The Stomach and the Port

Liverpool Biennial, England 2021

The very first enclosed port was built here, establishing the city’s prosperity via trading cottons and woollens, guns, iron, alcohol and tobacco. Liverpool also found wealth from human trade, both the forced movement of people and the trade of products created by forced labour. The first school of tropical medicine was founded here in 1898, a time when science emerged as the bedrock of objective and rational analysis, within which early Western definitions of the body were formed.

I have spent over two years navigating questions regarding the ‘body’ and the long-standing myths, assumptions and generalisations that accompany attempts to define it. Western bodies have long been designated as a ‘neutral’ or ‘universal’ standard, which in turn has determined the conditions of citizenship and of whose life is valuable, worthy of protection and rights. In this edition we ask, how have these definitions of the body been preserved? By whom? In whose interest? How might we disrupt these categories, and how can we resist them? In doing so, how can we nurture a sense of coexistence and reciprocity, with others and with our environment?

Articulating these issues through the language of the body, and attention to its porosity, vulnerability and interdependence, might enable us to perceive the body as the site of intersecting powers, to a site for political agency. What happens when we shift our understanding of bodies from something humanshave, to something humansare? Such a shift might help us to redefine political agency as a collective, inclusive and indeterminate force rather than as a tool for dogmatic self-reinforcement. The art practices shaping this Biennial all persist with complicating and refining the conversation; moves beyond dichotomies of individual and collective, interior and exterior, to thinking with a body that is fluid, resilient, unpredictable and entangled with one another. We strive for a world that nurtures life for all. In this Biennial, art explores those entanglements and their potential for resistance, providing a space to imagine.

Liverpool Biennial 2021 asks the question:what is a body?What does it mean to be human, and what could humans be to one another?The Stomach and the Portdraws its title from an understanding of bodies as fluid, porous and interdependent organisms – continuously shaping and shaped by their environments.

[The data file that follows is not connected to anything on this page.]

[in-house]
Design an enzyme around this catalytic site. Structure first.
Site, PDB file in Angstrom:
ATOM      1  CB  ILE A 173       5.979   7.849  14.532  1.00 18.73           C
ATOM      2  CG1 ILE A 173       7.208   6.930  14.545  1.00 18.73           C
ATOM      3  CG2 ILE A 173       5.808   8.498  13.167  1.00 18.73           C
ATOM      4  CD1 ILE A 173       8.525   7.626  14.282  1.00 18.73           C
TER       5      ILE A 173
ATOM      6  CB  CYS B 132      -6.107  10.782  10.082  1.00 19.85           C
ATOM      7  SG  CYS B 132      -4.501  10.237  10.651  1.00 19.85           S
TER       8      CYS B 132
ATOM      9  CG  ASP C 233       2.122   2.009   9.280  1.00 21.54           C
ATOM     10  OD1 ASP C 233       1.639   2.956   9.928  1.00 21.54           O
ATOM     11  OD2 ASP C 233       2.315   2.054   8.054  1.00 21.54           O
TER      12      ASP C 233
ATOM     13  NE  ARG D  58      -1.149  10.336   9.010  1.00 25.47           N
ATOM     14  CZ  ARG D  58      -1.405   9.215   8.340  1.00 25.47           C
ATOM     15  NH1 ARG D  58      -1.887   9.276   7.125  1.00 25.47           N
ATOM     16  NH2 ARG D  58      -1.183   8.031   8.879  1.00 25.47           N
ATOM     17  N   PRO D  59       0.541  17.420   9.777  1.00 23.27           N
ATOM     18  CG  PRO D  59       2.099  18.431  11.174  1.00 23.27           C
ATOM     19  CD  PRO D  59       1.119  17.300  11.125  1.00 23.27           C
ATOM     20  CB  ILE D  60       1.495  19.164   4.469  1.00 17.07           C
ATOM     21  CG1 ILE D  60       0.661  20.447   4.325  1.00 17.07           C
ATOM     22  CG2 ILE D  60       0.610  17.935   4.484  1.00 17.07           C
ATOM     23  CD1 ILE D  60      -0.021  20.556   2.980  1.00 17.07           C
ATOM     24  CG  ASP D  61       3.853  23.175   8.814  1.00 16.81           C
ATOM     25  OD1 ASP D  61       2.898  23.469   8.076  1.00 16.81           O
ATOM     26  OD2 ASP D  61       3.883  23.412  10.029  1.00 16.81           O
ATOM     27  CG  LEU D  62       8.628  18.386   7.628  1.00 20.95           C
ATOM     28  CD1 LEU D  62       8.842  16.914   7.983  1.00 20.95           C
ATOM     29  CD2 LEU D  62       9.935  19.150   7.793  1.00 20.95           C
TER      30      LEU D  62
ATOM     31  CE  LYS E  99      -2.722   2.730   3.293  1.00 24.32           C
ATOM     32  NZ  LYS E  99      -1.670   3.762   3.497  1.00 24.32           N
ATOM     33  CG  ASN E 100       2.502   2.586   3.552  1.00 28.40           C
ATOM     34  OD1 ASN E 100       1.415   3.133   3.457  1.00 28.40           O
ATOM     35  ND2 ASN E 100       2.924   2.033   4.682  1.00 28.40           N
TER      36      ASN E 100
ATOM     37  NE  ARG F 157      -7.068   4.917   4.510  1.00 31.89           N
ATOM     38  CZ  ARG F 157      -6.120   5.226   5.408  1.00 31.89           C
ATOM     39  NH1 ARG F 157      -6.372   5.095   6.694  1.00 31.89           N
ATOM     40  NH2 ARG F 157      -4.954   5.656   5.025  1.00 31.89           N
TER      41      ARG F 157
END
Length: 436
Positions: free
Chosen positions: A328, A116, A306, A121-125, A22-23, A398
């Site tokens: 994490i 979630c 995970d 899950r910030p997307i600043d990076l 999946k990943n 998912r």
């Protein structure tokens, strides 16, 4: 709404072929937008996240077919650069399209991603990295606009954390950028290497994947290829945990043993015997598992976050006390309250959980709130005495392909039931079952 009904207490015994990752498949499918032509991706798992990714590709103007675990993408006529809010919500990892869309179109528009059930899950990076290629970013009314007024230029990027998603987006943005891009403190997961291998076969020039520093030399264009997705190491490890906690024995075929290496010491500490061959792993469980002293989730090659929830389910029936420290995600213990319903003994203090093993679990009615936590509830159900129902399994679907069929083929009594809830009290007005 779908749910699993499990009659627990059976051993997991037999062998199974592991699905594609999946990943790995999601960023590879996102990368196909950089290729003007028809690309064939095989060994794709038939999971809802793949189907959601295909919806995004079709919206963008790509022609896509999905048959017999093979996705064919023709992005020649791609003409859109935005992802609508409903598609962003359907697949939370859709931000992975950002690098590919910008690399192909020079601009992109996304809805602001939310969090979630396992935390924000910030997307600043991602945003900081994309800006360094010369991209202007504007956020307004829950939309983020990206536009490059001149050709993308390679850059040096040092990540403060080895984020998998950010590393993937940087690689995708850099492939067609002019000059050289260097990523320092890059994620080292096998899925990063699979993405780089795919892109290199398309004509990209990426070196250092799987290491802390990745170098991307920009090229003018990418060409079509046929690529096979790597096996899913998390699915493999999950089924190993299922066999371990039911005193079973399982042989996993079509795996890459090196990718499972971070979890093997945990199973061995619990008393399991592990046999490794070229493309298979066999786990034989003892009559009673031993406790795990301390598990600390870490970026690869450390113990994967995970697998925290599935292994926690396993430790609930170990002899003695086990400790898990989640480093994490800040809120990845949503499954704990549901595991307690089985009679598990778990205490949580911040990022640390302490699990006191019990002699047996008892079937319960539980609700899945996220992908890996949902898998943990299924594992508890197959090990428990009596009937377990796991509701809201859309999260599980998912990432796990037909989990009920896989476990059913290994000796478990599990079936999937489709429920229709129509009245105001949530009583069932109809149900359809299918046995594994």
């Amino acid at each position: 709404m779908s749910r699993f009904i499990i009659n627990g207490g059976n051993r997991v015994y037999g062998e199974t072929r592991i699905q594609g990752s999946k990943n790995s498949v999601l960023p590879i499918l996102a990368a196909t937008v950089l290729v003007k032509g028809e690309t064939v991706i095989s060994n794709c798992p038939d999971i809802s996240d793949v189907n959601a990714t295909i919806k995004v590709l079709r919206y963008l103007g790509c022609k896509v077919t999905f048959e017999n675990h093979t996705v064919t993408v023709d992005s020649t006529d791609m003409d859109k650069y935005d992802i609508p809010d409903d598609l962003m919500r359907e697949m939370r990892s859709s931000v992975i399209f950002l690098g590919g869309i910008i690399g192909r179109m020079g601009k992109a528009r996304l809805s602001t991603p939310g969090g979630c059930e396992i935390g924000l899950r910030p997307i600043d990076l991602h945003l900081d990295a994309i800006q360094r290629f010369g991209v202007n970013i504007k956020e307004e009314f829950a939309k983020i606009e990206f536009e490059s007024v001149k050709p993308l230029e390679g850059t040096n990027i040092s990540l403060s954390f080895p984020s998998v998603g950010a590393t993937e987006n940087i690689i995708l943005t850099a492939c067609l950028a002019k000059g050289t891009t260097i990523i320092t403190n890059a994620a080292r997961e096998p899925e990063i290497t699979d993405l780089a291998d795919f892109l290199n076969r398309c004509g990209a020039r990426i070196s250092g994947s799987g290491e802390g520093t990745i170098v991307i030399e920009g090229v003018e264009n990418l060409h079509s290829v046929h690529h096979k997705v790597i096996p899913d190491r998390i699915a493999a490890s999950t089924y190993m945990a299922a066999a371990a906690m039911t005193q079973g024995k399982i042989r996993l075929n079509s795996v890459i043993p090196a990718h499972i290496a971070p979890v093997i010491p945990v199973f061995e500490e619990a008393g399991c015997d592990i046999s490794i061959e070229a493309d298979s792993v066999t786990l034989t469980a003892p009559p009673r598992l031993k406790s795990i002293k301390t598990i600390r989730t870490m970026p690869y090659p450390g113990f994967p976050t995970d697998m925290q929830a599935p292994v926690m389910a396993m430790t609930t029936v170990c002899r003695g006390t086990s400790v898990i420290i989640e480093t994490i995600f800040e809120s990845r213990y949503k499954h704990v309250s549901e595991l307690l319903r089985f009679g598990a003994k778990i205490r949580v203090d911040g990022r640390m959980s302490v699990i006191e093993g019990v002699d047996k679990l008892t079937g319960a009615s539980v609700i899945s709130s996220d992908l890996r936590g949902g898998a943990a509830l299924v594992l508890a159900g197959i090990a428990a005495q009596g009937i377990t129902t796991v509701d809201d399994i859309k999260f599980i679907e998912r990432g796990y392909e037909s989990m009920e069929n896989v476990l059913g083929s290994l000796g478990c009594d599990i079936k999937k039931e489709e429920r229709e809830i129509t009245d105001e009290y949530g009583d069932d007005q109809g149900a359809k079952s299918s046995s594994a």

We might think of the human stomach and the port as two sites of connection and exchange; both receive and redistribute information, knowledge and goods, both are by nature relational. Our skin, too, is a boundary through and on which social meaning is inscribed and a porous and breathable organ through which we respond to the external world. The 2020 pandemic has laid bare the reality that all bodies are porous, not only to each other, but to vast, interconnected networks of cultural, natural and sociopolitical systems. Recent movements to protect lives from state and structural violence and to preserve physical integrity such as Black Lives Matter have also demonstrated that borders are not simply geographical, architectural, or biological, but are politically and interpersonally maintained. All the works included in this Biennial address bodies within specific locations and constraints, but also suggest they are never truly fixed to any one place in particular. Humans are not merely consumers or receivers, but producers and reproducers of the world and of future political consciousness.

Ports have been vital to the movement of bodies and materials throughout history. They played a key role in the development of modernity, in establishing the dominance of Western democracy and in the foundation of colonial capitalism, in which gendered, racialised and colonised bodies, along with natural resources, were fed into then/now-emerging economies of extraction. Liverpool played an important part in this world order. The city became a globally important port by the 18th century.